Luciano performing in 2007
|Birth name||Jepther McClymont|
|Also known as||The Messenger, Jah Messenger|
20 October 1964 |
|Labels||RAS Records, Xterminator, VP Records|
|Associated acts||Dean Fraser, Firehouse Crew|
Born in Davyton, Manchester Parish, and raised as the seventh of nine children in a strict Adventist family, Luciano began recording in 1992, with his first single "Ebony & Ivory" (on which he was credited as 'Stepper John') on the Aquarius Record label, followed by a split album with DJ Presley (now credited as 'Luciana') for producer Sky High. His first releases as Luciano included the hit single "Give My Love a Try", produced at Castro Brown's New Name Studio, followed by others produced by Brown, Freddie McGregor, Blacka Dread, and Sly and Robbie, including the 1993 no. 1 UK reggae hit "Shake It Up Tonight".
He started working with Philip "Fatis" Burrell, releasing the singles "Chant Out" and "Poor and Simple", with the album Moving Up following in late 1993. In 1994 he cut singles for Musclehead and Louie Culture before returning to work with Burrell for a series of successful singles and the album One Way Ticket, which saw Luicano at the forefront of the "Rasta Renaissance" in dancehall music. The renewal of Rastafarian influence into dancehall music in the early 1990s had begun with artists such as Tony Rebel and Garnett Silk. After Silk's death in late 1994, many looked to Luciano to continue consciousness in reggae music. Of Garnett Silk, he stated "Garnett was more like a brother, a father, a tutor, a forerunner. When he moved on I knew the work for me became harder still."
The following year brought the smash hit album Where There Is Life for Chris Blackwell's label Island Jamaica. It contained such hits as "It's Me Again Jah" (a no. 1 single in Jamaica), "Who Could It Be", as well as the title track. He recorded a second album for Island Jamaica in 1997 entitled The Messenger (largely compiled from his hit singles), whose title track earned him his enduring nickname.
The majority of his recording in the mid-to-late 1990s was for Burrell and the Xterminator label, which by that time included such artists as Sizzla, Mikey General and Firehouse Crew, as well as recordings from Capleton and Cocoa Tea. Along with the work on the two albums for Island Jamaica, the majority of Luciano hits produced by Burrell were featured on 1999's Sweep Over My Soul. Burrell and Luciano parted ways in 1999.
By 2001, Luciano had released two live albums as well as two compilation albums alongside Sizzla and Anthony B after the split with Xterminator. That year saw the release of two new albums of material, Great Controversy on Jet Star and A New Day on VP Records. The latter received a nomination for Best Reggae Album at the 2002 Grammy Awards, and was executive produced by longtime saxophonist and touring partner Dean Fraser. The album received additional production from Sly & Robbie and was backed by Fraser and the Firehouse Crew.
Fraser continued to produce many of Luciano's albums throughout the decade, including 2008's Jah Is My Navigator. In 2010, he released United States of Africa. While the previous album had focused mostly on God, Africa dealt with global events. Of this, Luciano stated, "We're not just singing about Zion and all those glorious dreams. We're also dealing with issues that affect the people, their very minds."
Luciano is a devout Rastafarian, whose lyrics promote consciousness and eschew slackness, or vulgarity, which is often prominent in reggae and dancehall music. He has criticized other Rastafarian reggae artists who record slackness material, describing them as having lost focus. The singer himself has sometimes been criticized for the reading of Biblical verses prior to performances, which has been described as inappropriate.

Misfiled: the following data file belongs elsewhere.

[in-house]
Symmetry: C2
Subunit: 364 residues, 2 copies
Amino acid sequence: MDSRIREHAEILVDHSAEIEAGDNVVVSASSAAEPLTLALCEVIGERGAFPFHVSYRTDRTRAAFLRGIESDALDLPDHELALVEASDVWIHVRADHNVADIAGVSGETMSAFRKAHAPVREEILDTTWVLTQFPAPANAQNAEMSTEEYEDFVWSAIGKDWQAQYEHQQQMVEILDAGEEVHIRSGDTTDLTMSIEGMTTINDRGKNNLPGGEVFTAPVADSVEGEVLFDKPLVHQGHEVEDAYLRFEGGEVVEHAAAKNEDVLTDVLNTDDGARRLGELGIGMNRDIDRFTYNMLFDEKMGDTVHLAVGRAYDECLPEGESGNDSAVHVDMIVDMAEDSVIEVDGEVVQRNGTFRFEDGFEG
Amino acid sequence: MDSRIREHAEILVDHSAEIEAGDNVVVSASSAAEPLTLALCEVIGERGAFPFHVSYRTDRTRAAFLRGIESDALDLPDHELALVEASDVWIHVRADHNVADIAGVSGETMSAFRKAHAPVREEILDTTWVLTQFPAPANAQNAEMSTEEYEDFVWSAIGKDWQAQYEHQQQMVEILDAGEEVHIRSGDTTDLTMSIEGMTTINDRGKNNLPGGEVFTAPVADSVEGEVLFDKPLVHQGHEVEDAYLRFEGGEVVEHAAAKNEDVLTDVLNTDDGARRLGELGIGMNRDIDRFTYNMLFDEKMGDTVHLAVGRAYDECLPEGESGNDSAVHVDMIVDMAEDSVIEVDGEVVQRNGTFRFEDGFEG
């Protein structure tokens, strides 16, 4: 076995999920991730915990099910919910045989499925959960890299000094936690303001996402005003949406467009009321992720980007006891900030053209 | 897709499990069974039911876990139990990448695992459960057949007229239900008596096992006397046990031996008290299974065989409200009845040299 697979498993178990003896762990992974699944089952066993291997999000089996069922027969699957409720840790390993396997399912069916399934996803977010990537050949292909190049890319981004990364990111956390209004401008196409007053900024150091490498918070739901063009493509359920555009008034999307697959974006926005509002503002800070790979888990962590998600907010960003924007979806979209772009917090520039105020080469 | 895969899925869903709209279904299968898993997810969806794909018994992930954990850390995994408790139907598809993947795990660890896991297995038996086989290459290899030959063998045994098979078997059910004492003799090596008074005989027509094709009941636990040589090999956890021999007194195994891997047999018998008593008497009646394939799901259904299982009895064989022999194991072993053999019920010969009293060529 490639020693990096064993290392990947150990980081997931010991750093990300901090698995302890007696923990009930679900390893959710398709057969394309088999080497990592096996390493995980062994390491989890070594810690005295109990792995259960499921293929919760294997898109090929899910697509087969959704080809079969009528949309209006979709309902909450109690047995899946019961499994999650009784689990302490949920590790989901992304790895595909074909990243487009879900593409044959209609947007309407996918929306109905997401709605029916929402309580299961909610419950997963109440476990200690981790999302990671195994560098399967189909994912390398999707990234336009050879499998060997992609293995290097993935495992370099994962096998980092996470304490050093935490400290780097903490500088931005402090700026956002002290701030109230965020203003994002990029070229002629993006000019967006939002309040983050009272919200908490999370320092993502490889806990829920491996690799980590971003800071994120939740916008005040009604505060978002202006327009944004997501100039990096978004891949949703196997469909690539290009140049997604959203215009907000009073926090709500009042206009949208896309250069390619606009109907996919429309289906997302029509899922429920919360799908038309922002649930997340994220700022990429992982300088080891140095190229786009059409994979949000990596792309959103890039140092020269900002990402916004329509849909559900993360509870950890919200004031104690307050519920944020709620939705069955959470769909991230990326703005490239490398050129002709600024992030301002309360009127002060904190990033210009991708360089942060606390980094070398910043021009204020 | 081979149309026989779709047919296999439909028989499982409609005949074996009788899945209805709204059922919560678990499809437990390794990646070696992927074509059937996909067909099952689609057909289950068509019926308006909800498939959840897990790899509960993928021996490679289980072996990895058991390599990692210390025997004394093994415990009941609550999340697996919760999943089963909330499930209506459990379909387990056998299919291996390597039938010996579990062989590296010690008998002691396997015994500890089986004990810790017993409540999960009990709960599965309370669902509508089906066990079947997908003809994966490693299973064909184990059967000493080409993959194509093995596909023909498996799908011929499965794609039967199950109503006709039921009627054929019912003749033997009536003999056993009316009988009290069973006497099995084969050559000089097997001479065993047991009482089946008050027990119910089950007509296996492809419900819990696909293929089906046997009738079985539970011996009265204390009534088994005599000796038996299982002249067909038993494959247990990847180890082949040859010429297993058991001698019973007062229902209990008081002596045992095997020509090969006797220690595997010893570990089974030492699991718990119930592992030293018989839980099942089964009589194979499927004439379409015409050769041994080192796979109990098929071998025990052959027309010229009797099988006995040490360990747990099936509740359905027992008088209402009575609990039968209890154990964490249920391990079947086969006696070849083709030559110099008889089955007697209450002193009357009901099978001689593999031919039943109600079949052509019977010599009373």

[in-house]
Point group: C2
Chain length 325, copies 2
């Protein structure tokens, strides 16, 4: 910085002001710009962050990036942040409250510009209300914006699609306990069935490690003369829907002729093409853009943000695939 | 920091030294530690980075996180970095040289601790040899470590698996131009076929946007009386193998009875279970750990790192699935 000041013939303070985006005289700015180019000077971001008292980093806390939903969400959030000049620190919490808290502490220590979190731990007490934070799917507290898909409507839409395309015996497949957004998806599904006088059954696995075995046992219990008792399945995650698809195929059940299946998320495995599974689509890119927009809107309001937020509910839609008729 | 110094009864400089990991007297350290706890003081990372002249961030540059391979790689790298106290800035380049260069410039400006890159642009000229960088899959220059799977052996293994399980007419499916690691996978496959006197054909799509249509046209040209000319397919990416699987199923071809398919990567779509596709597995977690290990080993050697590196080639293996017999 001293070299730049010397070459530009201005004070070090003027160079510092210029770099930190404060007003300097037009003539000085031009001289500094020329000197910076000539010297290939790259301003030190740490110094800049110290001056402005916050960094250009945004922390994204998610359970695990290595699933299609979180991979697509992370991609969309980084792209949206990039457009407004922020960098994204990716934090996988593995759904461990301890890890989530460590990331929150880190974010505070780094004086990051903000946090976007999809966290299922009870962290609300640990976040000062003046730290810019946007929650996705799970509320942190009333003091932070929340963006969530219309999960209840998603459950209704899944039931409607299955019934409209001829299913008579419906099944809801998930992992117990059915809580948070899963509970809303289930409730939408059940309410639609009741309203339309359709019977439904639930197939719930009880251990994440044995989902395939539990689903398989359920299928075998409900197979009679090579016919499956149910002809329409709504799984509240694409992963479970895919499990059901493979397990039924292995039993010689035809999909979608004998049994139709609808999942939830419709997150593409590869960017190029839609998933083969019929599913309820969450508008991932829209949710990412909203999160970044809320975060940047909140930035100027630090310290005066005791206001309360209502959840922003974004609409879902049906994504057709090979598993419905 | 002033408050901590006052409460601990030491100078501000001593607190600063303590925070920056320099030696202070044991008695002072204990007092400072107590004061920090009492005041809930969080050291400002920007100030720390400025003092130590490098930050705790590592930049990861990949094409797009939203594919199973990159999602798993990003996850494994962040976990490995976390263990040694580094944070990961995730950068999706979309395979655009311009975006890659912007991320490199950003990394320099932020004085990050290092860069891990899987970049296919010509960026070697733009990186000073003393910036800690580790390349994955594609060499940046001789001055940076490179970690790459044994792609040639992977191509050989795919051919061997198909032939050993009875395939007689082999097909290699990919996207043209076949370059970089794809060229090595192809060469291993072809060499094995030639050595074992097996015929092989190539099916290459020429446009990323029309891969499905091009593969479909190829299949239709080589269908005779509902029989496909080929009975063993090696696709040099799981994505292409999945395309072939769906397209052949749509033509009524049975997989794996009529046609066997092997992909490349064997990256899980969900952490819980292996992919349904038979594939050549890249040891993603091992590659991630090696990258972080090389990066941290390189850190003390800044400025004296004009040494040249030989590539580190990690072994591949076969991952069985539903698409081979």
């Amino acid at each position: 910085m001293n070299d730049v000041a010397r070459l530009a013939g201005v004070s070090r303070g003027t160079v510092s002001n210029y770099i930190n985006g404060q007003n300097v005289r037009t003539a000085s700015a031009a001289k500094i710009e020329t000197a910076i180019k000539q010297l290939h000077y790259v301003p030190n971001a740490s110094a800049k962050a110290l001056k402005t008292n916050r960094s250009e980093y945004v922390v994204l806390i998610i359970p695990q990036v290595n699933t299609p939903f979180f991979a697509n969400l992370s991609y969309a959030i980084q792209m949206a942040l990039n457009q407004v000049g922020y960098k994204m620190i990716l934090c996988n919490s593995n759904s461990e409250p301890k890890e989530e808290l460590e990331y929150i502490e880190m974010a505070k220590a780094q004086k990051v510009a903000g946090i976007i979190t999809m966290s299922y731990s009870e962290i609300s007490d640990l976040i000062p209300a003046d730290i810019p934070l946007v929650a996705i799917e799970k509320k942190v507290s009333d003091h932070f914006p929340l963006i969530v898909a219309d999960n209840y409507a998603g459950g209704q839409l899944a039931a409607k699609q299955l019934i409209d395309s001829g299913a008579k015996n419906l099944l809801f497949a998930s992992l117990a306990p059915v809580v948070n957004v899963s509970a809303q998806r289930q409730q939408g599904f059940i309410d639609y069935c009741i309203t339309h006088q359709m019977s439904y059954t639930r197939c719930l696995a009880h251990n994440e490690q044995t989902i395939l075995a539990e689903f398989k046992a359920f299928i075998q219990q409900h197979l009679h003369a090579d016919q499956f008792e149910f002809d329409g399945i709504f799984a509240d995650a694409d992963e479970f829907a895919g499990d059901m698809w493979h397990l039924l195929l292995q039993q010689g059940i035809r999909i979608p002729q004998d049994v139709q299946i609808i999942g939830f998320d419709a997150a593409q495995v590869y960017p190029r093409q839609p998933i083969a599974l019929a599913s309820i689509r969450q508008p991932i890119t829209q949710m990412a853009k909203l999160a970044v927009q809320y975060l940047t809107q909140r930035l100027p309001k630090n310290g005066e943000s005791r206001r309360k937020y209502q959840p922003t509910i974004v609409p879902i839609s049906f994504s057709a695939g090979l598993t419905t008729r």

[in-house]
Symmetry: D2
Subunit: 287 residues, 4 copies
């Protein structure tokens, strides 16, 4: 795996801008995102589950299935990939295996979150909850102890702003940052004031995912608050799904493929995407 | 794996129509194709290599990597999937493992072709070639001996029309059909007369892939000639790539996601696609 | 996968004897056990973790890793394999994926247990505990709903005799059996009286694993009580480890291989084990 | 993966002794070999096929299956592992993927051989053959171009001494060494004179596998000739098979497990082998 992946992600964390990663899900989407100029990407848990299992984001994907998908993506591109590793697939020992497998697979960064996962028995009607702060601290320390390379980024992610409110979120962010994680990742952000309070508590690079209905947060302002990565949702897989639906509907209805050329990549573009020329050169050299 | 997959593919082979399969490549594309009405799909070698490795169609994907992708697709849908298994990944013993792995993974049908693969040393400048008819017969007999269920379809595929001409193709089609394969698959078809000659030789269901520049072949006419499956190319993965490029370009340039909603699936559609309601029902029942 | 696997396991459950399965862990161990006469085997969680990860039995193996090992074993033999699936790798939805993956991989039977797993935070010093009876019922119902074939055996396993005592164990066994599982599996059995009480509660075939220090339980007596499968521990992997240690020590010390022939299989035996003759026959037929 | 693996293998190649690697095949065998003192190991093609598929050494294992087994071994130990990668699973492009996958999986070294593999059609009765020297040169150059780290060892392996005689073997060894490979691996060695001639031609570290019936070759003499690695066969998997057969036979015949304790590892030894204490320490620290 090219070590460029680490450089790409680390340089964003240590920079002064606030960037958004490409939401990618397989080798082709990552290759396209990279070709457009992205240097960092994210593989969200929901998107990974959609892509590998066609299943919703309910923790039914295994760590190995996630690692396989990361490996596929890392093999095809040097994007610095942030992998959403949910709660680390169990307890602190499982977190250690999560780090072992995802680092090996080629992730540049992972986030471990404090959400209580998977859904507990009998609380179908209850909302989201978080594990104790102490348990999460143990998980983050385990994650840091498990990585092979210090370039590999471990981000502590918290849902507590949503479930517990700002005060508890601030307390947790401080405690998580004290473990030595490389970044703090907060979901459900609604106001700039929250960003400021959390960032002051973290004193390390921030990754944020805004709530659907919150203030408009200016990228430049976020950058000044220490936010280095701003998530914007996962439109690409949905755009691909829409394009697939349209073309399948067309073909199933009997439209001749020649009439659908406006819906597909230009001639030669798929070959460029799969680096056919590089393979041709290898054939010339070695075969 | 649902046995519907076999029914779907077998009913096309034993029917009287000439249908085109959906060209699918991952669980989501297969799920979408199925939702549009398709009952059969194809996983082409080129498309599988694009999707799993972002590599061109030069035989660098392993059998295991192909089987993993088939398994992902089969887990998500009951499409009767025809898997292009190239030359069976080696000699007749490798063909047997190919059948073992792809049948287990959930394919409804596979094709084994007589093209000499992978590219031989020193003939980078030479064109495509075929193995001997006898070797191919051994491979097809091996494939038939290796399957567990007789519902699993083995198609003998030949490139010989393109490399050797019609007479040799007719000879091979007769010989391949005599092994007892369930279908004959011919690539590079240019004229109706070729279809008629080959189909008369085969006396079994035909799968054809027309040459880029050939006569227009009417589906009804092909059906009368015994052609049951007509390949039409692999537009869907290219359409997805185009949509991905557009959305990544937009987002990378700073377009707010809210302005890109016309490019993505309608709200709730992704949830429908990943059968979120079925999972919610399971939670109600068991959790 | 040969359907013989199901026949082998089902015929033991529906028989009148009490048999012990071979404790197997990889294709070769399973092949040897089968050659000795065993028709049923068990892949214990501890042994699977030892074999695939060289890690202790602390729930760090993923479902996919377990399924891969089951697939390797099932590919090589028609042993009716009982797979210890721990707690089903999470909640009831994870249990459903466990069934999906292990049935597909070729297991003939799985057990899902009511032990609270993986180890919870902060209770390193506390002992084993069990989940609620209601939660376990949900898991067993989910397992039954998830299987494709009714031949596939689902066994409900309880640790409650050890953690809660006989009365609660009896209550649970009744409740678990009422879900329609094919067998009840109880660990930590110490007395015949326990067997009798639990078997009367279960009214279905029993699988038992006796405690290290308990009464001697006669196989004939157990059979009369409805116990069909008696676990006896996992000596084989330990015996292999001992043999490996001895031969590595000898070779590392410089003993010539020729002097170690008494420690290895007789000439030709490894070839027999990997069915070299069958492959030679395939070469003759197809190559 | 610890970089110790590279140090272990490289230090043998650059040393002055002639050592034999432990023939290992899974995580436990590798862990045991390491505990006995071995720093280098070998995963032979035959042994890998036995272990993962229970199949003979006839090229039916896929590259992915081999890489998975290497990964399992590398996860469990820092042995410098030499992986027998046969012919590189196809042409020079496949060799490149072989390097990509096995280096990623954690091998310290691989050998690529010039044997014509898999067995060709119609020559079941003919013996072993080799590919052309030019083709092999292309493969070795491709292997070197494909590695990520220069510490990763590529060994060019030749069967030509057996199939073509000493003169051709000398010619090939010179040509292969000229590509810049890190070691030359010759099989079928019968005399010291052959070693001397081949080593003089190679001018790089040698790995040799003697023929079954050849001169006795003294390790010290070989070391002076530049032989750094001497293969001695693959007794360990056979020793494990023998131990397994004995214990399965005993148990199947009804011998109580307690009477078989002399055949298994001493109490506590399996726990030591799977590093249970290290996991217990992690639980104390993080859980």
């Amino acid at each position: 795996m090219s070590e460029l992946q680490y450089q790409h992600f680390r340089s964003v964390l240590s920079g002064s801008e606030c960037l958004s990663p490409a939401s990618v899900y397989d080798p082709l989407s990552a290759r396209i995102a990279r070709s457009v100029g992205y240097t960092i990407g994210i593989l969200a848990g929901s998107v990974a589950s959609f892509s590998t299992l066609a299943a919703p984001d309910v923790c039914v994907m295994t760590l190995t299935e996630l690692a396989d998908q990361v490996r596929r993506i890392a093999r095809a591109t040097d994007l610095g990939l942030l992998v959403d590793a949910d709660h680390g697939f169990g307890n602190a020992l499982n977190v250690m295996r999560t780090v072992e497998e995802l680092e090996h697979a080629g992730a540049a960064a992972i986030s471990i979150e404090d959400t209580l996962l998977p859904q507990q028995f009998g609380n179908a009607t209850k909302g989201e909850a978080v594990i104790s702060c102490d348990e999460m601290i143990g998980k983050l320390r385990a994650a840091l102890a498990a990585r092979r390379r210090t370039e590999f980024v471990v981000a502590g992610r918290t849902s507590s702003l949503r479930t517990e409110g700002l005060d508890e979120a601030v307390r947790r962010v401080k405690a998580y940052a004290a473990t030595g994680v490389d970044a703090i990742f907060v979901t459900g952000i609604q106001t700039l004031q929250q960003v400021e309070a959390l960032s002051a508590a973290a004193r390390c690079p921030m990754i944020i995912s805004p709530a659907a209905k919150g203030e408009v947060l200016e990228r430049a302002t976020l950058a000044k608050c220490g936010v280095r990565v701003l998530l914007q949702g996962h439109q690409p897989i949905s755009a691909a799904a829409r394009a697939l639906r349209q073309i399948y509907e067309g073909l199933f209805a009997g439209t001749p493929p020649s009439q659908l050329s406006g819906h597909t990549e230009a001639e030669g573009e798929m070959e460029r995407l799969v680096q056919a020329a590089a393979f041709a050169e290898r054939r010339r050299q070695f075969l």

The singer is also an activist in the promotion of ganja, or marijuana, stating: "I'm not fighting for the decriminalisation of ganja, because it was never a criminal. My fight is to enlighten the people of the cannabis and let them know of the herbal properties and the benefits we can achieve from it."
In 2010, Luciano was reportedly given a tract of land for residence in the Gambia at the bequest of President Alhaji Dr Yahya Jammeh. The singer first performed in the country in 2001, and has stated his preference for eventually residing in Africa.
- Moving Up, (1993)
- One Way Ticket, (1994)
- After All, (1995)
- Where There Is Life, (1995)
- Messenger, (1997)
- Sweep Over My Soul, (1999)
- Live, (2000)
- A New Day, (2001)
- Great Controversy, (2001)
- Serve Jah, (2003)
- Visions, (2003)
- Serious Times, (2004)
- Jah Words, (2005)
- Child of a King, (2006)
- God Is Greater than Man, (2007)
- Jah Is My Navigator, (2008)
- United States of Africa, (2010)
- Write My Name, (2010)
- Rub-A-Dub Market, (2011)
- The Qabalah Man (2013), VPAL
- Zion Awake (2014)
- Thompson, Dave (2002) Reggae & Caribbean Music, Backbeat Books, ISBN 0-87930-655-6, pp. 157–158
- Luciano gets started. Jamaica Star. 11 October 2004. Retrieved 2011-4-7.
- Campbell, Howard. Luciano charts New territory. Jamaica Gleaner. 18 March 2008. Retrieved 2011-4-6.
- O'Brien Chang, Kevin; Chen, Wayne. Reggae Routes. Philadelphia:Temple University, 1998. pp.207 ISBN 1-56639-629-8.
- Luciano to speak at International Men's Day function. Jamaica Gleaner. 19 November 2001. Retrieved 2011-4-6.
- Van Pelt, Carter. Luciano Interview. inetnebr.com. 1999. Retrieved 2011-3-26.
- Moody, Shelah. Spotlight On Luciano. Reggae Review. 2001. Retrieved 2011-4-7.
- Taylor, Angus (7 September 2010). "Interview: Luciano". UnitedReggae.com. Retrieved 7 April 2011.
-  Archived 16 October 2007 at the Wayback Machine.
- Williams, Leighton. Luciano defends ganja, serves Jah. Jamaica Gleaner. 6 April 2003.
- Luciano gets house and land in Gambia. Dancehallreggaeworld.com. Retrieved 2011-4-5.
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